Facebook Still 'Useful' to Teens, Says COO Sheryl Sandberg
Is Facebook losing its teens? Depends who you ask at the 1.19-billion-user social network. Surely, a not-so-insignificant chunk of the service's 728 million daily active users falls between 13 and 19, right?
According to Facebook CFO David Ebersman, speaking in the company's third-quarter earnings call in late October, teen activity seems to be a bit down on the social network.
'Our best analysis on youth engagement in the US reveals that usage of Facebook among US teens overall was stable from Q2 to Q3, but we did see a decrease in daily users, specifically among younger teens,' Ebersman said.
While the statement appeared to confirm thoughts that little ones are turning elsewhere for their social fixes – including services like Snapchat, formerly Instagram (which Facebook now owns), and Tumblr, as well as a variety of other messaging services like WeChat and WhatsApp — that's not quite the end of the tale as far as Facebook's teen activity goes.
Facebook COO Sheryl Sandberg has now jumped into the fray, and she's telling a bit of a different story. Speaking to AllThingsD's Mike Isaac, Sandberg recently commented that reaction to Ebersman's statements 'has been blown out of proportion.'
'As we said on the earnings call, overall U.S. teen usage of Facebook remains stable. The vast majority of U.S. teens are on Facebook. And the majority of U.S. teens use Facebook almost every day,' Sandberg commented.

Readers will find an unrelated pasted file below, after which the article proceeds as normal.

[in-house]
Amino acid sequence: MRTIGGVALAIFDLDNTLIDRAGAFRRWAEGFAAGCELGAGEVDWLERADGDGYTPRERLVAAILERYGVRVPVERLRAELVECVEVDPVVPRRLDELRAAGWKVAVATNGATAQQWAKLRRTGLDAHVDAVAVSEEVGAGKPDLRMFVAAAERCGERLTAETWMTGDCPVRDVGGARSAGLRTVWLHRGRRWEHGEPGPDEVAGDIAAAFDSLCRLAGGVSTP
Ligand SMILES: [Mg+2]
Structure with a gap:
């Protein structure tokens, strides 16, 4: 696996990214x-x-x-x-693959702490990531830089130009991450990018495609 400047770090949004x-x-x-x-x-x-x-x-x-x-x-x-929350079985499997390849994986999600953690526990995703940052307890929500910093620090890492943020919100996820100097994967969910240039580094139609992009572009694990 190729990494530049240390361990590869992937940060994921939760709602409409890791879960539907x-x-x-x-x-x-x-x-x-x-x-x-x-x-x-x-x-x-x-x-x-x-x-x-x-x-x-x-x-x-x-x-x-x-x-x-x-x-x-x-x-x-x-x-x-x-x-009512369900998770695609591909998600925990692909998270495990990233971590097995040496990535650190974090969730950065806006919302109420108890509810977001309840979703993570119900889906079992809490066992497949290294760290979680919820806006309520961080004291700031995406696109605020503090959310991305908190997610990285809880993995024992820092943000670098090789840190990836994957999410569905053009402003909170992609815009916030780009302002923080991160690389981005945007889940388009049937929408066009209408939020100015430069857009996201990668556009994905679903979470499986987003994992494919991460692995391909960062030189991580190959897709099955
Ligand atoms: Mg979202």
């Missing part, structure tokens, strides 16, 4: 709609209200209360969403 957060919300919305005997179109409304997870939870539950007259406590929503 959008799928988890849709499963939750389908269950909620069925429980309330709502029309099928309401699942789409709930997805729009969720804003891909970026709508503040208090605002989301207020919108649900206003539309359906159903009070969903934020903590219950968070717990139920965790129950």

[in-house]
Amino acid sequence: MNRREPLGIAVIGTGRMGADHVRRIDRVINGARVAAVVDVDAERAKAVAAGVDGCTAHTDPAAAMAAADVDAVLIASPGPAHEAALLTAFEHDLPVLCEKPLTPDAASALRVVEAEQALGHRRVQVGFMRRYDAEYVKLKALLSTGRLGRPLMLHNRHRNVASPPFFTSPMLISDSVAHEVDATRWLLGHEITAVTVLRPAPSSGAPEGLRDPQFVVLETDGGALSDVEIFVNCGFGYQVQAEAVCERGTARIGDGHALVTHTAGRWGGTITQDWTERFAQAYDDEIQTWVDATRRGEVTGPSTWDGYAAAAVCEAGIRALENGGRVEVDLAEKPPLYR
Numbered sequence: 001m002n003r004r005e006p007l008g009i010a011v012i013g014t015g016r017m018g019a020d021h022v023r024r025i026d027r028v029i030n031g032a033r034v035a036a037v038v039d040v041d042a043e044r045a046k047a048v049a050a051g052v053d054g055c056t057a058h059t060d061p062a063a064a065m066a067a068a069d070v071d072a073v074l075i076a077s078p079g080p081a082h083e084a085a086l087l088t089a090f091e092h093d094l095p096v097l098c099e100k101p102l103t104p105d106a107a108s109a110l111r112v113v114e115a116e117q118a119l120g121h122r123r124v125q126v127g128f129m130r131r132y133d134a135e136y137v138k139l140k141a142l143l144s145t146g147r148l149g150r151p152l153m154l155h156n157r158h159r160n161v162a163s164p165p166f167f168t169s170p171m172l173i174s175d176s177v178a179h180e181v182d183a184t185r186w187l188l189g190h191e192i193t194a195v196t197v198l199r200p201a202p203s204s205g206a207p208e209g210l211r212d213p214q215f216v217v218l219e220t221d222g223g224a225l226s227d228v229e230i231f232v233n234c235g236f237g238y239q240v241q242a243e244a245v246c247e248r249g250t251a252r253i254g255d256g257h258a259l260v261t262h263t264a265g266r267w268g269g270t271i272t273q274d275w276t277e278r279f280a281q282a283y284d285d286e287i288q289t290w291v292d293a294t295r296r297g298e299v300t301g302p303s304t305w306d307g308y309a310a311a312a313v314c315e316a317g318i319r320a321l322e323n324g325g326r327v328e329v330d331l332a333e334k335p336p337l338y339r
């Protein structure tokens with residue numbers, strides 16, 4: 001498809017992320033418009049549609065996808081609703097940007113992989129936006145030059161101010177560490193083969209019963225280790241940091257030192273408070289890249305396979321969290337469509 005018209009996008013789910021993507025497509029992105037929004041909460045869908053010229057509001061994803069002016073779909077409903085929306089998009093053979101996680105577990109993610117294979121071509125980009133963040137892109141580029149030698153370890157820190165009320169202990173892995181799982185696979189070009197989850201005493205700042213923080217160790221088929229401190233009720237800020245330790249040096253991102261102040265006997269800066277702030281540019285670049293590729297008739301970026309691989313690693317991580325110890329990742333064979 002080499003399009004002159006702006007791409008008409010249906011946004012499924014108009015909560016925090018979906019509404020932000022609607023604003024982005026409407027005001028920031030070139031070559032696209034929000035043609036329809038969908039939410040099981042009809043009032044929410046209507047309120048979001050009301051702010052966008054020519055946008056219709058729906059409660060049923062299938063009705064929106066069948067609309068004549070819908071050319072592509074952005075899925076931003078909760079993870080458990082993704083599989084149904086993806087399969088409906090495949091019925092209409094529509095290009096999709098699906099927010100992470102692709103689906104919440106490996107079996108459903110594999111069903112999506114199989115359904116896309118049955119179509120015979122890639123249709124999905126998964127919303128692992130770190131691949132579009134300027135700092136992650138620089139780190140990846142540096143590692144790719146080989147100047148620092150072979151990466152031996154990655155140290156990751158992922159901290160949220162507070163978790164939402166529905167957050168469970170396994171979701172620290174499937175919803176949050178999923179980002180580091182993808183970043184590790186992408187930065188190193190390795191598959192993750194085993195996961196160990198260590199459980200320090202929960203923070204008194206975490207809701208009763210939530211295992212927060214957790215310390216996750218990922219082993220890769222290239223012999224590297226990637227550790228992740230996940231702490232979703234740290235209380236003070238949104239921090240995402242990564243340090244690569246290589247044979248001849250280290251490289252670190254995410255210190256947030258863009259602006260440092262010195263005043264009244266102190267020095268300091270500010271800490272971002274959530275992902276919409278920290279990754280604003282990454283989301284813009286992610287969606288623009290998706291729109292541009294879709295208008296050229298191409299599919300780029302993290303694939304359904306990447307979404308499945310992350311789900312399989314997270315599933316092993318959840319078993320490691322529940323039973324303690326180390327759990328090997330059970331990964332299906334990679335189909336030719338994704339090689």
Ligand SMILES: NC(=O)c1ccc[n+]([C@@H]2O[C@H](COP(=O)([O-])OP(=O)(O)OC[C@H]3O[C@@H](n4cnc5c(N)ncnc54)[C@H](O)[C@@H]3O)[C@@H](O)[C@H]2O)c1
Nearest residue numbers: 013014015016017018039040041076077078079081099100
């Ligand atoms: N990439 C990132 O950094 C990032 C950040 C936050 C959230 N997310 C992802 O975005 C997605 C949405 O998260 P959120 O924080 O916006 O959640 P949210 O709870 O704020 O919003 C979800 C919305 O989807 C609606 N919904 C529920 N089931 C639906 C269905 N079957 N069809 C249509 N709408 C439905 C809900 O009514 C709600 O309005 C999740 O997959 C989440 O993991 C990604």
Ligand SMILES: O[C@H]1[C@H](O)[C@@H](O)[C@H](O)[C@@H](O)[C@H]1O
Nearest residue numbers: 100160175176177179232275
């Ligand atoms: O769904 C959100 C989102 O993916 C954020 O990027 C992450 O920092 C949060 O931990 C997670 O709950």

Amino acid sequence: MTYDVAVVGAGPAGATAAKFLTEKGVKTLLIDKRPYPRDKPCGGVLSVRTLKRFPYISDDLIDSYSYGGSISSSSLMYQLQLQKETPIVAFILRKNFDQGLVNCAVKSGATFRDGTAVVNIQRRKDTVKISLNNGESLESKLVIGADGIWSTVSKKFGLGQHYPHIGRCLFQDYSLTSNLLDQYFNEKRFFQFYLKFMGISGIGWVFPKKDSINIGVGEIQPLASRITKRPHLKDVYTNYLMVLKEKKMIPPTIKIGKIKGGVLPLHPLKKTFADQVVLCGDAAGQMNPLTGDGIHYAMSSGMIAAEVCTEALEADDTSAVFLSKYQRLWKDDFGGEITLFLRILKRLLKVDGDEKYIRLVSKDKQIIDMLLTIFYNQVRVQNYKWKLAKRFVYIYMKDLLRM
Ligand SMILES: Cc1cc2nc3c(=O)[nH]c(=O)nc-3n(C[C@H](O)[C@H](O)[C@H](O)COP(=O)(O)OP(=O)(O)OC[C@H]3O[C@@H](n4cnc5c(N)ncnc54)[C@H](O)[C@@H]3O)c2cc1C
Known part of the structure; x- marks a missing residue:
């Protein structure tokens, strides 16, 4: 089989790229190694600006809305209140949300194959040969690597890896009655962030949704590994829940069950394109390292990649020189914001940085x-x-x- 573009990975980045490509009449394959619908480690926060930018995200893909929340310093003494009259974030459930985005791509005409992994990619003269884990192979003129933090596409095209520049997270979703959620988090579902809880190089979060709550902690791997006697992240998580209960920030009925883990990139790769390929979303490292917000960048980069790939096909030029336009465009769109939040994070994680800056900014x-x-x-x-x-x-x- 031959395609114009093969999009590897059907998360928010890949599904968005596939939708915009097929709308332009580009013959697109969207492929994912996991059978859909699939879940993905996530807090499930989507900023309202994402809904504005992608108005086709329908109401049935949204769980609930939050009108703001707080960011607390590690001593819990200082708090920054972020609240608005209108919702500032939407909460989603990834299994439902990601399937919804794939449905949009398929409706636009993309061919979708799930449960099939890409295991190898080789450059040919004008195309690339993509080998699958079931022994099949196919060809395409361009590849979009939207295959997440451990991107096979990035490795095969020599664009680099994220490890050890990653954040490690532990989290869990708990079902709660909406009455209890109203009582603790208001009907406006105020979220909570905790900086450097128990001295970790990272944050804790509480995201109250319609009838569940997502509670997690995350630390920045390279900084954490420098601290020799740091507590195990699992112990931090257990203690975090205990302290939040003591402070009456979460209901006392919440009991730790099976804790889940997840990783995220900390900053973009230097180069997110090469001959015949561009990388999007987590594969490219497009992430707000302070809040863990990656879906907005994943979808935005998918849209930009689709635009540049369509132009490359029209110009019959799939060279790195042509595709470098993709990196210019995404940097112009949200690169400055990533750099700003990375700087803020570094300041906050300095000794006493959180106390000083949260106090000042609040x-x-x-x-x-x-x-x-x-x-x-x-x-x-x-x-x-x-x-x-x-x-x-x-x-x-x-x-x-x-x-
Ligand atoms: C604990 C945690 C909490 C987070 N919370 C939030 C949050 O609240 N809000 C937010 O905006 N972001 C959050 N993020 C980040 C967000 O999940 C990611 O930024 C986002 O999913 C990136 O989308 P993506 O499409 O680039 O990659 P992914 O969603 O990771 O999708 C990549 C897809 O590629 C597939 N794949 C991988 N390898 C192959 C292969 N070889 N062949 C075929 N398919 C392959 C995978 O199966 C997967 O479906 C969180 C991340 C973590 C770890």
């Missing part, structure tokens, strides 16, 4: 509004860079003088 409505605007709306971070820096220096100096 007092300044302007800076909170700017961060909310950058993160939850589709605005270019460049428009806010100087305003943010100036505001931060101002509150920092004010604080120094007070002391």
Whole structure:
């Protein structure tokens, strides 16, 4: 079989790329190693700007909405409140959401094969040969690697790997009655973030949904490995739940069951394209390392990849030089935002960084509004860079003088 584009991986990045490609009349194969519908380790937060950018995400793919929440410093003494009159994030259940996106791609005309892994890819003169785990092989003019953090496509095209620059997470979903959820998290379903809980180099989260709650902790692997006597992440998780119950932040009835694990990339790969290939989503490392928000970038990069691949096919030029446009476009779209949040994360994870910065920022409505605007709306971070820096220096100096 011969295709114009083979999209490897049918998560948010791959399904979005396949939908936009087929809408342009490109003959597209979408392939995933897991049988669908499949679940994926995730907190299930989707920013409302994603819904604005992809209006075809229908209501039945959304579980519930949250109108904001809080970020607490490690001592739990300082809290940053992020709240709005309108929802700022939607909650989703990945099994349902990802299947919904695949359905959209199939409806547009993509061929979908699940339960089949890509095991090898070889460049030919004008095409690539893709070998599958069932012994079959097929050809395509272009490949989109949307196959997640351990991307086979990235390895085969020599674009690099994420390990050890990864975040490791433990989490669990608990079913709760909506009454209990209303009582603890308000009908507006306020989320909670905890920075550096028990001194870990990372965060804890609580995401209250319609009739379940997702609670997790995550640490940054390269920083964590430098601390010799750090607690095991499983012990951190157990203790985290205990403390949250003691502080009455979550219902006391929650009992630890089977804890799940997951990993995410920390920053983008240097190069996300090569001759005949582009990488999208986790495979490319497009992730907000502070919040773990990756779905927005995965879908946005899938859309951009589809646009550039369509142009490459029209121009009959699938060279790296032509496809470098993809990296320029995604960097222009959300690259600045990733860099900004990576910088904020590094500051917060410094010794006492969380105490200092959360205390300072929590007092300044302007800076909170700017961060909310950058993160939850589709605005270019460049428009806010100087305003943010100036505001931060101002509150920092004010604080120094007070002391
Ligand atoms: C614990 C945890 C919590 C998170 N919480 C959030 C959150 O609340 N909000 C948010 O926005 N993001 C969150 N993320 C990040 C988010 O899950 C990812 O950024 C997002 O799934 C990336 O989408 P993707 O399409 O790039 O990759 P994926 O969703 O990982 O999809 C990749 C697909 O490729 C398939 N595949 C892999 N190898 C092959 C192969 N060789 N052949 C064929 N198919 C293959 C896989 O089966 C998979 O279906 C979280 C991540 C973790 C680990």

She went on to address one of the general problems she perceives with Facebook, in that the service — close to celebrating its tenth birthday in February of next year — is starting to feel a bit aged in today's web culture.
'That means that we're not the newest. And often, particularly in our space, newer things are shinier and cooler. And what Mark [Zuckerberg] has said and what we all believe is that we're not trying to be the coolest. And we're not trying to be the newest. We're trying to be the most useful,' Sandberg said.
'I think if you look at the way teenagers continue to use Facebook, we are useful to them,' she added.
She sees Facebook at the forefront of the 'sharing' space – which is to say, Facebook and all the other social services competing for users' attentions are benefitting from the growing mass of users that are sharing more parts of their lives online.
'There's a lot of competition out there, but it's amid a growing market. That means there's room for us to grow and others to grow as well,' Sandberg said.